Turiaf Can’t Play Without a Visa

Times Staff Writer

Laker rookie Ronny Turiaf is not able to play because of a work-visa issue and probably will be out for another week, his agent said Friday.

Turiaf, who was born on the Caribbean island of Martinique and has French citizenship, signed with the Lakers on Jan. 17 and has practiced with the team but is not eligible to play until he receives a U.S. work visa, agent Bouna Ndiaye said.

Laker lawyers have been working with U.S. citizenship and immigration officials to try to expedite the process, Ndiaye said.


“He has to be cleared by immigration,” Ndiaye said. “I think he will be cleared in a week.”

Turiaf, 23, played four years at Gonzaga with a student visa before being drafted by the Lakers. He underwent open-heart surgery in July and began his rehabilitation a few months later by playing nine games with the CBA’s Yakama (Wash.) Sun Kings before signing with the Lakers.

“We’re in the process of converting his student visa into a work visa,” Laker spokesman John Black said. “It’s pretty much a standard thing. It takes time to do the paperwork.”

It was unclear if Turiaf would be able to collect payment for the CBA games in which he played.


After a closer look at the Fort Worth Flyers’ schedule, Laker Coach Phil Jackson changed his mind.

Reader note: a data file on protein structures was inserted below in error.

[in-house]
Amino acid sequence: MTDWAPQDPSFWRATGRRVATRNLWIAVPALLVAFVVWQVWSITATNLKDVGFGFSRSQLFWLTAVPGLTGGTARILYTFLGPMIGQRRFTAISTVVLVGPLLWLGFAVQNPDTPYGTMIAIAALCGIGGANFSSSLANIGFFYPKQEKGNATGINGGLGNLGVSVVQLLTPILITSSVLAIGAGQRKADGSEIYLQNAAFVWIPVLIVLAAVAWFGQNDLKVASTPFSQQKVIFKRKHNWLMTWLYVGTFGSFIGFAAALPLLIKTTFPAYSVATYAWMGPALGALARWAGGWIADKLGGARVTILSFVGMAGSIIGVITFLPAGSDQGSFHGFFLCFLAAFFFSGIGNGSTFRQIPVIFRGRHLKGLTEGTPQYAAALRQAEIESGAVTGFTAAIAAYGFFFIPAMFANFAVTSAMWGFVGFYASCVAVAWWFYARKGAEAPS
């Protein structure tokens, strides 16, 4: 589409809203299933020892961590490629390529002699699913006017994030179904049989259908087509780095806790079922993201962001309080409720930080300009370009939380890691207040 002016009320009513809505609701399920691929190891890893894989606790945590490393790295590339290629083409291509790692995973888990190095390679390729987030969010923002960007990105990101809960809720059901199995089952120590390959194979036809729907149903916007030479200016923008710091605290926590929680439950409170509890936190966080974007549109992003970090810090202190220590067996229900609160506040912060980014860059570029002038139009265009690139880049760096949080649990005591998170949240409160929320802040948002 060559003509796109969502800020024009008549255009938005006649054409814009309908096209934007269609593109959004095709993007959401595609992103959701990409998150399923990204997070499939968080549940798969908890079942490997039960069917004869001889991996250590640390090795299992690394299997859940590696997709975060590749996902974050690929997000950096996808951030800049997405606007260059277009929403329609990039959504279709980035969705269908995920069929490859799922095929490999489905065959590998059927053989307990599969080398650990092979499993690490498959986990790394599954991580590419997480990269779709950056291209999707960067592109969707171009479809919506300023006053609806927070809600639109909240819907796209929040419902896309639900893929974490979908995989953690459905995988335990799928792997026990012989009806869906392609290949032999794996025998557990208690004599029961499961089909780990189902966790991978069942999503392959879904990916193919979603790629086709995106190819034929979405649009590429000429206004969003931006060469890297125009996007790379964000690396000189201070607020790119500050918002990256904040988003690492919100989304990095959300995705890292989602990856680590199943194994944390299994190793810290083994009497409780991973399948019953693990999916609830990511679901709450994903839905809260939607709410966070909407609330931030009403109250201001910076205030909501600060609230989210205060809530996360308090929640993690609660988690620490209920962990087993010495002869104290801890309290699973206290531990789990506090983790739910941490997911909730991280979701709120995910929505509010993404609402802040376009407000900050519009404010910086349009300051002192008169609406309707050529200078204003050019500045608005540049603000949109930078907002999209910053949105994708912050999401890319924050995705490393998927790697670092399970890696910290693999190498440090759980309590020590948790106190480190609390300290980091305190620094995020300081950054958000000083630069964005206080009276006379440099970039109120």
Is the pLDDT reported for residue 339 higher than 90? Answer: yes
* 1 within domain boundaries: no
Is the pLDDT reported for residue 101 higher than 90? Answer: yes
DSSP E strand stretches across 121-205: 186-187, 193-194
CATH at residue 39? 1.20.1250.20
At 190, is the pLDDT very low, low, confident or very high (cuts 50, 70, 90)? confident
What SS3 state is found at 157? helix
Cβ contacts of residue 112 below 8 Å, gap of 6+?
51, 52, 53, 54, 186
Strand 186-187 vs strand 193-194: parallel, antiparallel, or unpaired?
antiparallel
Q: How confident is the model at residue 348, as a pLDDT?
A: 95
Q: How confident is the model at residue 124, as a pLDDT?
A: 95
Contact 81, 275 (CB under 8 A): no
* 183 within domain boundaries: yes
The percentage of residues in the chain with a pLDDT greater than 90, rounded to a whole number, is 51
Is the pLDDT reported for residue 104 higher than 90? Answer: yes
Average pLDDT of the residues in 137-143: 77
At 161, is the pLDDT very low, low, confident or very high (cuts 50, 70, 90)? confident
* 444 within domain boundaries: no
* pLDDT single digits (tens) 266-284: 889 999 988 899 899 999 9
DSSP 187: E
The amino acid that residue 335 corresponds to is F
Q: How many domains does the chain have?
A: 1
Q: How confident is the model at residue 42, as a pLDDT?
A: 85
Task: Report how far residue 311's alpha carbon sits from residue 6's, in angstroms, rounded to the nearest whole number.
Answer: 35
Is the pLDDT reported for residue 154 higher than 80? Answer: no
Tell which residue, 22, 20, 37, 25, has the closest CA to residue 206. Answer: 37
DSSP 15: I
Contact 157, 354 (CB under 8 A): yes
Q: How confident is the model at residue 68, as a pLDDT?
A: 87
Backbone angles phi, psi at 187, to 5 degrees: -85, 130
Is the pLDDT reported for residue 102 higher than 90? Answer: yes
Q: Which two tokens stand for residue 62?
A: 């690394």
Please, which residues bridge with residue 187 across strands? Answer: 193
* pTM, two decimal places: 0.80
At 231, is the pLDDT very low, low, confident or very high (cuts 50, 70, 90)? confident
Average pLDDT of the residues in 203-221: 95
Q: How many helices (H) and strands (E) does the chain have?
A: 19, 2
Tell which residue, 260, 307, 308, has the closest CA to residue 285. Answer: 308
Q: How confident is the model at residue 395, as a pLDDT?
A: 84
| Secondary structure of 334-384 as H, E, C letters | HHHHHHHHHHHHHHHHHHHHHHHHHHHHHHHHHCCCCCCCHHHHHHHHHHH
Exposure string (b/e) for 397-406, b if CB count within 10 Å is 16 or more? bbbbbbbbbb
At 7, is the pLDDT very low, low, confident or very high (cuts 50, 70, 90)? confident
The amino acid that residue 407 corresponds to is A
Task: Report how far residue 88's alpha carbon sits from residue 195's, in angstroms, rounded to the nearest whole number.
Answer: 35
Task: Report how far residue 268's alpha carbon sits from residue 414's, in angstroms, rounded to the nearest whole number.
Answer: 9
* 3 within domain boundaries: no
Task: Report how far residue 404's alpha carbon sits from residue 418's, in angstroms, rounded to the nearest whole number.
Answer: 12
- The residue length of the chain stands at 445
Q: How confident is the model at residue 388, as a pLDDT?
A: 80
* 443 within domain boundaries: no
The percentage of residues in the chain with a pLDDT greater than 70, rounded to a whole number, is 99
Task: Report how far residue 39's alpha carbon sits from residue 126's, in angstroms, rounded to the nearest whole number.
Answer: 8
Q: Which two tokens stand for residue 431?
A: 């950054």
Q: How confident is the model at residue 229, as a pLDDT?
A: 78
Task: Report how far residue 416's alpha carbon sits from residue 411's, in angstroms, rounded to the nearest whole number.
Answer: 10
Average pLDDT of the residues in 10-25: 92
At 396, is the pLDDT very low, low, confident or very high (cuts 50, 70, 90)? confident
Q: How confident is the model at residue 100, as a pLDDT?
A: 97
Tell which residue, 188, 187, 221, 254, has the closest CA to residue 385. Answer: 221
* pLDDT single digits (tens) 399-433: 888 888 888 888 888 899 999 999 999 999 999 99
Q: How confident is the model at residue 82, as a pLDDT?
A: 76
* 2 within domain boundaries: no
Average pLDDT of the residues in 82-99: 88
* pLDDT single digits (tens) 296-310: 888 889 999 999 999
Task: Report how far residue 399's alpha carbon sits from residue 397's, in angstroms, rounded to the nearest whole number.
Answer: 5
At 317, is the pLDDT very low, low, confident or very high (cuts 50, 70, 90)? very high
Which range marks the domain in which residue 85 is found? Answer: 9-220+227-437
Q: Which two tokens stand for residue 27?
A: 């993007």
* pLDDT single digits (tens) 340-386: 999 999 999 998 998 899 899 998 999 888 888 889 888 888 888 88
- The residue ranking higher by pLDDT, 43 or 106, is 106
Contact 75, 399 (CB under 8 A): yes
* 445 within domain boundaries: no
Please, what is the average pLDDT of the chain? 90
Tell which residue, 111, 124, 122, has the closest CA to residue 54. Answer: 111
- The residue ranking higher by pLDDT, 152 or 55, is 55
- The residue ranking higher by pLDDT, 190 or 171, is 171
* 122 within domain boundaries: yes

This month, Jackson said Turiaf probably would be sent to the Lakers’ affiliate in the Development League during a seven-game Laker trip that begins Sunday in Detroit.


“They have, like, one game in a two-week period of time, which makes absolutely no sense at all for anybody on our team to go down there while we’re out playing,” Jackson said. “The schedules do not conform. We’ll look at it some other time.”

Five Lakers are eligible to play in the Development League: second-year guard Sasha Vujacic and rookies Andrew Bynum, Von Wafer, Devin Green and Turiaf.

The Development League regular season ends April 9.


Jackson, a jazz aficionado, took a final look at Bryant’s 81-point outburst by relating a story about jazz legends Miles Davis and John Coltrane.

“They were in a session and Coltrane did one of his things, he went off on a 25-minute riff while everybody else listened to him play his sax,” Jackson said. “And he apologized to Miles after it was over, and he said he just picked it up and just kept on playing. And Miles Davis said put the blankety thing down. You’ve got to stop.”

And that relates to Bryant’s game ... how?

“I said shooting’s like that too,” Jackson said. “It gets addictive and it’s like, you know, I’ll just take this shot and so he’s going to take it.”